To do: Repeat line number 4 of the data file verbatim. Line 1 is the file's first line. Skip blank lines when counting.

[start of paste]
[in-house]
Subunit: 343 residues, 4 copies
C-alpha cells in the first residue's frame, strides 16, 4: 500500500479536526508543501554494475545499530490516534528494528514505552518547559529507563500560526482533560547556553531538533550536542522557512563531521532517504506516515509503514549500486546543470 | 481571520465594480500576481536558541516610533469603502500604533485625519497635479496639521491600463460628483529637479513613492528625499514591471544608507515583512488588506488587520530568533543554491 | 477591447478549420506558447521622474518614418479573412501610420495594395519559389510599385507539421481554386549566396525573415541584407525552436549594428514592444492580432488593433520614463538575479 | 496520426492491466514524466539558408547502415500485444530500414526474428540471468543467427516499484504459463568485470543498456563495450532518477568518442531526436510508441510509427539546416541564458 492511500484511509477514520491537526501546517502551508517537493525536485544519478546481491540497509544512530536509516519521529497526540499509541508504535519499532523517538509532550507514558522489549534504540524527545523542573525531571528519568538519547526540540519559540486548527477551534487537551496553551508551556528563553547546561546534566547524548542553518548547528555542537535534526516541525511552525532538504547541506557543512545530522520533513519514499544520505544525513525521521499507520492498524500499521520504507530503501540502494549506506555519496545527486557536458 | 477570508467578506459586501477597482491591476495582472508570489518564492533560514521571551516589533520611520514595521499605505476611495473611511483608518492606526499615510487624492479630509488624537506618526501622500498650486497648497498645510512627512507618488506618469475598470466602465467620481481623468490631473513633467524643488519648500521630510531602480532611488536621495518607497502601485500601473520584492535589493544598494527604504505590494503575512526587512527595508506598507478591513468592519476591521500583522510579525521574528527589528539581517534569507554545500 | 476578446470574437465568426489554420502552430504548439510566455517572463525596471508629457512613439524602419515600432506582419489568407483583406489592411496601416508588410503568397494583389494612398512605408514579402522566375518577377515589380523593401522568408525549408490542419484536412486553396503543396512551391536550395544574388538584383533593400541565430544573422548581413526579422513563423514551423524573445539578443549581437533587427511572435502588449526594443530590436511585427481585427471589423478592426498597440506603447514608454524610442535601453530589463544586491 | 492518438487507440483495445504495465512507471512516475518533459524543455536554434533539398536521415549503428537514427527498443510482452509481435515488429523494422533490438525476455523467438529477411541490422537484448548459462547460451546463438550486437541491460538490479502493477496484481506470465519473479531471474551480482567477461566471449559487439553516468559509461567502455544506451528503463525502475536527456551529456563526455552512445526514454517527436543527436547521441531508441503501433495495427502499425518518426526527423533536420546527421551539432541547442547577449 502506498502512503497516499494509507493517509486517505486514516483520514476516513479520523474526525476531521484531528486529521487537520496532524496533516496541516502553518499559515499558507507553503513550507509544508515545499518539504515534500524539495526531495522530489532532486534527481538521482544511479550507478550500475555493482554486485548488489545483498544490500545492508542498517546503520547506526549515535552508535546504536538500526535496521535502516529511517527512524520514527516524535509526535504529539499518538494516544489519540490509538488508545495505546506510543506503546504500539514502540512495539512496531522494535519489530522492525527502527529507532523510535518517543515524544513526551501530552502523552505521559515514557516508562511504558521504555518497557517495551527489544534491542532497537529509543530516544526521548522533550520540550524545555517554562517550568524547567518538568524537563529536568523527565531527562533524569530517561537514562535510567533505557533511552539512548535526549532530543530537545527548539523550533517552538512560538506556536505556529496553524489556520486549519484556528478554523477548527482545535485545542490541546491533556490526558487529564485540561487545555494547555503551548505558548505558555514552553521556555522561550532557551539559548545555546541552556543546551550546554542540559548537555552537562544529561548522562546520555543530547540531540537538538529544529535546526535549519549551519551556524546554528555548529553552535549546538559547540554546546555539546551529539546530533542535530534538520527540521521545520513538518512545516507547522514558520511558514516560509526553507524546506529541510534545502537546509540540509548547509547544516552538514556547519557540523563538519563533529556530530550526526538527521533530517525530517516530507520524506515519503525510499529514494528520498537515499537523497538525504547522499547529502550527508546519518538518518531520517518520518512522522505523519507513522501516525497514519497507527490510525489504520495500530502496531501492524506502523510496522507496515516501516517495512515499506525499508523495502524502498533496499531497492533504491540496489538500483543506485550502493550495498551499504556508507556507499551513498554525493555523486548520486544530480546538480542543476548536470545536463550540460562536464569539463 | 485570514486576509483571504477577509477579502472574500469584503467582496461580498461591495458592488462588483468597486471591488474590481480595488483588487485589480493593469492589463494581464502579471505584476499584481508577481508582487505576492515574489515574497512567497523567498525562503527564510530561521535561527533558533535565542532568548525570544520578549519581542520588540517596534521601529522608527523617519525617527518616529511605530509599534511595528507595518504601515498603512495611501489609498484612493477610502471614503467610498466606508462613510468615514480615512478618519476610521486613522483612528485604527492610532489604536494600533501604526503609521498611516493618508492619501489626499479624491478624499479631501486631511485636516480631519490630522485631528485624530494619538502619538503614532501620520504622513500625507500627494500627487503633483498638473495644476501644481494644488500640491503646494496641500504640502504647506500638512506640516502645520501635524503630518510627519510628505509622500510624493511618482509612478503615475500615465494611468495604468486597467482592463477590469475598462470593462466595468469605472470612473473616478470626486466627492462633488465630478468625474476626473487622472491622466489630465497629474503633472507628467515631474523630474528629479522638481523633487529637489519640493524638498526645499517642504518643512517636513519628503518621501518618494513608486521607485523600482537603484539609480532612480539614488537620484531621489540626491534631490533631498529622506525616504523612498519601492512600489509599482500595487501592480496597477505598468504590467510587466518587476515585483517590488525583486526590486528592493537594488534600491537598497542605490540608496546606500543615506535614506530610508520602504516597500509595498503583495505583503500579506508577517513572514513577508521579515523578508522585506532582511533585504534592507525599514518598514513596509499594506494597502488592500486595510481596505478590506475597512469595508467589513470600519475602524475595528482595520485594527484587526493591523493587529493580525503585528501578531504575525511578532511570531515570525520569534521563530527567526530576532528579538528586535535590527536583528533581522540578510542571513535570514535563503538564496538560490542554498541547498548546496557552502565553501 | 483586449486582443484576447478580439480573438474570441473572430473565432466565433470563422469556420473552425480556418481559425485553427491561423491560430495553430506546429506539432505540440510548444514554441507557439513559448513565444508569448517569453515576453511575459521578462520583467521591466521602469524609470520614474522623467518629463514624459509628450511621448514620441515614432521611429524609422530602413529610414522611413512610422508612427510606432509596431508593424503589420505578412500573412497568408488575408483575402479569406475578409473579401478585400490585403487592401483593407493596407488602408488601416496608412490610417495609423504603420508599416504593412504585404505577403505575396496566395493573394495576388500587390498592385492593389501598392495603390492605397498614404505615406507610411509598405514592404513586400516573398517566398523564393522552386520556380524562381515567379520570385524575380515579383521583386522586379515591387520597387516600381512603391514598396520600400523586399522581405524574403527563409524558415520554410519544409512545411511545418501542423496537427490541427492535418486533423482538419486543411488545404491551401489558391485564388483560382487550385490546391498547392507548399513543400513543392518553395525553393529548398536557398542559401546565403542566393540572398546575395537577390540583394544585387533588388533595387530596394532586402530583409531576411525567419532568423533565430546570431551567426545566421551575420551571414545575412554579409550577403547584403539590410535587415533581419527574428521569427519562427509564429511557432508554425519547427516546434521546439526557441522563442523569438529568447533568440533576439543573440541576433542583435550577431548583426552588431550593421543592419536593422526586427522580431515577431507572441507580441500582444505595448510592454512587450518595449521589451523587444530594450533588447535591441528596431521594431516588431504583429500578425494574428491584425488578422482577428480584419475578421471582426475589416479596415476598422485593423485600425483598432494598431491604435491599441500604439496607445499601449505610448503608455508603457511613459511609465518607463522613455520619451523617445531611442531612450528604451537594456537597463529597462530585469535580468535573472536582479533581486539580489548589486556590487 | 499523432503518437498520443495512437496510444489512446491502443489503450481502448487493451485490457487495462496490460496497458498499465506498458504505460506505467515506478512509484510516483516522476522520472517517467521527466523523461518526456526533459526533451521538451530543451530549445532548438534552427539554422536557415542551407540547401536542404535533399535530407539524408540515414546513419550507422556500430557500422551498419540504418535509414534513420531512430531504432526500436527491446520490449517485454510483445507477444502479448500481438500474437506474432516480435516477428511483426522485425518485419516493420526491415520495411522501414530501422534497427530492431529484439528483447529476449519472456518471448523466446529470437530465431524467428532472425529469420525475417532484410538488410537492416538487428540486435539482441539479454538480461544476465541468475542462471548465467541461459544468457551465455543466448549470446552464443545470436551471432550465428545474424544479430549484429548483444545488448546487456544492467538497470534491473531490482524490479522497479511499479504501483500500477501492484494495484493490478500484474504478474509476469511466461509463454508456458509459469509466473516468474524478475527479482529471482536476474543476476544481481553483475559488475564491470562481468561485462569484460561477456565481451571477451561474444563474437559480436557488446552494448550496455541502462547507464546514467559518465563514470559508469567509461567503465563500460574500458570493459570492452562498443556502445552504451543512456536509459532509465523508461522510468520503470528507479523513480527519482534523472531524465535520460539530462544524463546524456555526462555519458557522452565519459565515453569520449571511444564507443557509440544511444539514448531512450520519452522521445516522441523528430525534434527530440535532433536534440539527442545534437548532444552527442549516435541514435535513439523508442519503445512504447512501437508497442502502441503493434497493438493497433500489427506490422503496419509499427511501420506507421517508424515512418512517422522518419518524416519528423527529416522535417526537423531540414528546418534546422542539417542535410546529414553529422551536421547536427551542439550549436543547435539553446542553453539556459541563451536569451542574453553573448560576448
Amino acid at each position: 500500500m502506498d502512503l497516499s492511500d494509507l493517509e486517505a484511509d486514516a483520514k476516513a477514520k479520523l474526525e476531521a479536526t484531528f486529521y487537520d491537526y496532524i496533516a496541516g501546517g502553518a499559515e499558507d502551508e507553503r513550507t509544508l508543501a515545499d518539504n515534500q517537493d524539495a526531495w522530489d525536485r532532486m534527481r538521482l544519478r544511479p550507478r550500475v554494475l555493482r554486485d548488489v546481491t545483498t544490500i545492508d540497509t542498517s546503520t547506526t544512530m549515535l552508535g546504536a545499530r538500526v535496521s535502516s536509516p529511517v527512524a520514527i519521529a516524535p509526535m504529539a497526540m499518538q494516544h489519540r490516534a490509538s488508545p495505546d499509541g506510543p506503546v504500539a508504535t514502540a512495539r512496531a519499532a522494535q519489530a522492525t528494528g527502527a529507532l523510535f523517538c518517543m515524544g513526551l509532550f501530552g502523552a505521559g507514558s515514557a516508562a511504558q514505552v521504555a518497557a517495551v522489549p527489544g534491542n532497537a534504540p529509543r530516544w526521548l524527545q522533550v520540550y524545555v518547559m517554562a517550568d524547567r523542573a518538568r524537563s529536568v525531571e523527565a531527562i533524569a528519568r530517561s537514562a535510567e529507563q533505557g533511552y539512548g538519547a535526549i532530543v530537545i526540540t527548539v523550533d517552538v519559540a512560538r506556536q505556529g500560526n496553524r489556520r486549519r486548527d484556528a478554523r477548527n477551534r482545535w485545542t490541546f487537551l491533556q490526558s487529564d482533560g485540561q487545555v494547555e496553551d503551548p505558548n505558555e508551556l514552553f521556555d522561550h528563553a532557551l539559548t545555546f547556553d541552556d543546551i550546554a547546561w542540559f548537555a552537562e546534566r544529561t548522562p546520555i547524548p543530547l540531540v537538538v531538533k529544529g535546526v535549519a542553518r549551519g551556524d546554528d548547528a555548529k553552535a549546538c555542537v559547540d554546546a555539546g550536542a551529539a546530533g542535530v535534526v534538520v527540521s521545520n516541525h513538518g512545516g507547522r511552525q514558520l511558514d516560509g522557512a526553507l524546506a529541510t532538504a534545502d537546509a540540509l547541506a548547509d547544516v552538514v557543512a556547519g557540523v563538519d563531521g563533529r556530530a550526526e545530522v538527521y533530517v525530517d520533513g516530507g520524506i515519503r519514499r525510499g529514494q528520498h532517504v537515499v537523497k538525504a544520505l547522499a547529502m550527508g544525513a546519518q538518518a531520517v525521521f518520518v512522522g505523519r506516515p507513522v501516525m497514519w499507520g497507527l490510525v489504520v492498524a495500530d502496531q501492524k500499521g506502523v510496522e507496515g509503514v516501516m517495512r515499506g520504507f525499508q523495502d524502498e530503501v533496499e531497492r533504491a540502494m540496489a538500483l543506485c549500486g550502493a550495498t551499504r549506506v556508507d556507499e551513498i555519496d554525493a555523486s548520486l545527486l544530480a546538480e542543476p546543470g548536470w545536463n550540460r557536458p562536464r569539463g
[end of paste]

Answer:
Amino acid at each position: 500500500m502506498d502512503l497516499s492511500d494509507l493517509e486517505a484511509d486514516a483520514k476516513a477514520k479520523l474526525e476531521a479536526t484531528f486529521y487537520d491537526y496532524i496533516a496541516g501546517g502553518a499559515e499558507d502551508e507553503r513550507t509544508l508543501a515545499d518539504n515534500q517537493d524539495a526531495w522530489d525536485r532532486m534527481r538521482l544519478r544511479p550507478r550500475v554494475l555493482r554486485d548488489v546481491t545483498t544490500i545492508d540497509t542498517s546503520t547506526t544512530m549515535l552508535g546504536a545499530r538500526v535496521s535502516s536509516p529511517v527512524a520514527i519521529a516524535p509526535m504529539a497526540m499518538q494516544h489519540r490516534a490509538s488508545p495505546d499509541g506510543p506503546v504500539a508504535t514502540a512495539r512496531a519499532a522494535q519489530a522492525t528494528g527502527a529507532l523510535f523517538c518517543m515524544g513526551l509532550f501530552g502523552a505521559g507514558s515514557a516508562a511504558q514505552v521504555a518497557a517495551v522489549p527489544g534491542n532497537a534504540p529509543r530516544w526521548l524527545q522533550v520540550y524545555v518547559m517554562a517550568d524547567r523542573a518538568r524537563s529536568v525531571e523527565a531527562i533524569a528519568r530517561s537514562a535510567e529507563q533505557g533511552y539512548g538519547a535526549i532530543v530537545i526540540t527548539v523550533d517552538v519559540a512560538r506556536q505556529g500560526n496553524r489556520r486549519r486548527d484556528a478554523r477548527n477551534r482545535w485545542t490541546f487537551l491533556q490526558s487529564d482533560g485540561q487545555v494547555e496553551d503551548p505558548n505558555e508551556l514552553f521556555d522561550h528563553a532557551l539559548t545555546f547556553d541552556d543546551i550546554a547546561w542540559f548537555a552537562e546534566r544529561t548522562p546520555i547524548p543530547l540531540v537538538v531538533k529544529g535546526v535549519a542553518r549551519g551556524d546554528d548547528a555548529k553552535a549546538c555542537v559547540d554546546a555539546g550536542a551529539a546530533g542535530v535534526v534538520v527540521s521545520n516541525h513538518g512545516g507547522r511552525q514558520l511558514d516560509g522557512a526553507l524546506a529541510t532538504a534545502d537546509a540540509l547541506a548547509d547544516v552538514v557543512a556547519g557540523v563538519d563531521g563533529r556530530a550526526e545530522v538527521y533530517v525530517d520533513g516530507g520524506i515519503r519514499r525510499g529514494q528520498h532517504v537515499v537523497k538525504a544520505l547522499a547529502m550527508g544525513a546519518q538518518a531520517v525521521f518520518v512522522g505523519r506516515p507513522v501516525m497514519w499507520g497507527l490510525v489504520v492498524a495500530d502496531q501492524k500499521g506502523v510496522e507496515g509503514v516501516m517495512r515499506g520504507f525499508q523495502d524502498e530503501v533496499e531497492r533504491a540502494m540496489a538500483l543506485c549500486g550502493a550495498t551499504r549506506v556508507d556507499e551513498i555519496d554525493a555523486s548520486l545527486l544530480a546538480e542543476p546543470g548536470w545536463n550540460r557536458p562536464r569539463g